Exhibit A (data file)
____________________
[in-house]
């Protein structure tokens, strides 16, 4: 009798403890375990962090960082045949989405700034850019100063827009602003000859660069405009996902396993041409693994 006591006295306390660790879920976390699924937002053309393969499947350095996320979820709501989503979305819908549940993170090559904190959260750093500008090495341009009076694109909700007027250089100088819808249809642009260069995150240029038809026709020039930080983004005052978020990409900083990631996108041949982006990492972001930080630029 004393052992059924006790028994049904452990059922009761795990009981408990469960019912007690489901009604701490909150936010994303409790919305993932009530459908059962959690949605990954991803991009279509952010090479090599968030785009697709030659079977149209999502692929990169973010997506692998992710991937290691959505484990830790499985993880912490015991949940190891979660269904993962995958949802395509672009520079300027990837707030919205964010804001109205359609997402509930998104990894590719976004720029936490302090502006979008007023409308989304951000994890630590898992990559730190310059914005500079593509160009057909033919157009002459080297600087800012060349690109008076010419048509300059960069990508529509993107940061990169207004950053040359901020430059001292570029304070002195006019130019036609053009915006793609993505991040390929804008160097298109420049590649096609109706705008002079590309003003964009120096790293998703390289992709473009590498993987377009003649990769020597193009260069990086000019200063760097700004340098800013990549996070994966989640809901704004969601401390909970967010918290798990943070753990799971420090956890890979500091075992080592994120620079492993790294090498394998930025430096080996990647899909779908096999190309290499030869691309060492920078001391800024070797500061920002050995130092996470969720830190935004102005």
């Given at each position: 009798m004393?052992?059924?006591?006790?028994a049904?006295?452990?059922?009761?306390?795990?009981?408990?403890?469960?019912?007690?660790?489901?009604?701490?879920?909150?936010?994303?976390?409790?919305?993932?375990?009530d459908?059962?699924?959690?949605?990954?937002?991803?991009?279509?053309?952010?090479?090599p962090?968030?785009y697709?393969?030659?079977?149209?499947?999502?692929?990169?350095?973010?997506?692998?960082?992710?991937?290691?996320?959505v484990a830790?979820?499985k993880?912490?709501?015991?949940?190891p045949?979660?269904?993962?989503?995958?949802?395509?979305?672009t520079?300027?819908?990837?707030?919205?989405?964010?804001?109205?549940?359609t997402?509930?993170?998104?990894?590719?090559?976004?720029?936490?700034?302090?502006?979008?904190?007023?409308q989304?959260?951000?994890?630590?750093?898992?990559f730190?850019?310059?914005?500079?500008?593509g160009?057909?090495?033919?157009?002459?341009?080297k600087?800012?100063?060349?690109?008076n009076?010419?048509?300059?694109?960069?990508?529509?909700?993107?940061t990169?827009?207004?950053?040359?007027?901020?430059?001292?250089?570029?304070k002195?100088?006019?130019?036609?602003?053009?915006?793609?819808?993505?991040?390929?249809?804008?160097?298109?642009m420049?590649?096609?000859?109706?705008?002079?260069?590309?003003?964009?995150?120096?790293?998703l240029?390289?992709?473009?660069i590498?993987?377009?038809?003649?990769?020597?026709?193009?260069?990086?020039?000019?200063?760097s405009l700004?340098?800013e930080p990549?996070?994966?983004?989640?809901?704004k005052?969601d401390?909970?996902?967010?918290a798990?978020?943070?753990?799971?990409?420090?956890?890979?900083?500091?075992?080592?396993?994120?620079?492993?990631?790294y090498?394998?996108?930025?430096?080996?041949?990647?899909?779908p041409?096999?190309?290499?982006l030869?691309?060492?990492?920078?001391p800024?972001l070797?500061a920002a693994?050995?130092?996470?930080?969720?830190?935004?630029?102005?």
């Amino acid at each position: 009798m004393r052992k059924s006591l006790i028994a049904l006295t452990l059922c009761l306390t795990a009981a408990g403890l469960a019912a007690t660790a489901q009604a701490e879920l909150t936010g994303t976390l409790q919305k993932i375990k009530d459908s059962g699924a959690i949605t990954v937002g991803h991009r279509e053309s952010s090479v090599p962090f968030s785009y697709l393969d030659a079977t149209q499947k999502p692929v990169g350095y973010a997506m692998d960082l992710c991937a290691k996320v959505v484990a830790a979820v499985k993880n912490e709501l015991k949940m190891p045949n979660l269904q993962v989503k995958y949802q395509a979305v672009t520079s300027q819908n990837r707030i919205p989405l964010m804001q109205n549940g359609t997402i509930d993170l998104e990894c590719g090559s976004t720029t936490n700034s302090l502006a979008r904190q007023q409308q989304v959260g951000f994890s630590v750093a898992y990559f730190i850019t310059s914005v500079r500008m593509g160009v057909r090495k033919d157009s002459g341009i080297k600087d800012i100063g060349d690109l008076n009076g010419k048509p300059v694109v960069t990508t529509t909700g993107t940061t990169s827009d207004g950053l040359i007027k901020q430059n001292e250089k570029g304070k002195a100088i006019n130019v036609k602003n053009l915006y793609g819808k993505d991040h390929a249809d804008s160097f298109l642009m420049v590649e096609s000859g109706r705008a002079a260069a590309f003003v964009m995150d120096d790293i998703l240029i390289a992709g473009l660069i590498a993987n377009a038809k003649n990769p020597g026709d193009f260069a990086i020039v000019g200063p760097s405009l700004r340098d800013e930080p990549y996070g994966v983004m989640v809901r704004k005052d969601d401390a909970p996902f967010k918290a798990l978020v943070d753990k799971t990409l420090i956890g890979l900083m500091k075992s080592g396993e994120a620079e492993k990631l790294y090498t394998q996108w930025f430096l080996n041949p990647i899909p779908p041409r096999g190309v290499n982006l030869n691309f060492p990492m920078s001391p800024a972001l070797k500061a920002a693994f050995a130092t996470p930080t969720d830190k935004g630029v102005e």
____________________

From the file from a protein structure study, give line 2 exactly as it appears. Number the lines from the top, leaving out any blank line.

């Protein structure tokens, strides 16, 4: 009798403890375990962090960082045949989405700034850019100063827009602003000859660069405009996902396993041409693994 006591006295306390660790879920976390699924937002053309393969499947350095996320979820709501989503979305819908549940993170090559904190959260750093500008090495341009009076694109909700007027250089100088819808249809642009260069995150240029038809026709020039930080983004005052978020990409900083990631996108041949982006990492972001930080630029 004393052992059924006790028994049904452990059922009761795990009981408990469960019912007690489901009604701490909150936010994303409790919305993932009530459908059962959690949605990954991803991009279509952010090479090599968030785009697709030659079977149209999502692929990169973010997506692998992710991937290691959505484990830790499985993880912490015991949940190891979660269904993962995958949802395509672009520079300027990837707030919205964010804001109205359609997402509930998104990894590719976004720029936490302090502006979008007023409308989304951000994890630590898992990559730190310059914005500079593509160009057909033919157009002459080297600087800012060349690109008076010419048509300059960069990508529509993107940061990169207004950053040359901020430059001292570029304070002195006019130019036609053009915006793609993505991040390929804008160097298109420049590649096609109706705008002079590309003003964009120096790293998703390289992709473009590498993987377009003649990769020597193009260069990086000019200063760097700004340098800013990549996070994966989640809901704004969601401390909970967010918290798990943070753990799971420090956890890979500091075992080592994120620079492993790294090498394998930025430096080996990647899909779908096999190309290499030869691309060492920078001391800024070797500061920002050995130092996470969720830190935004102005």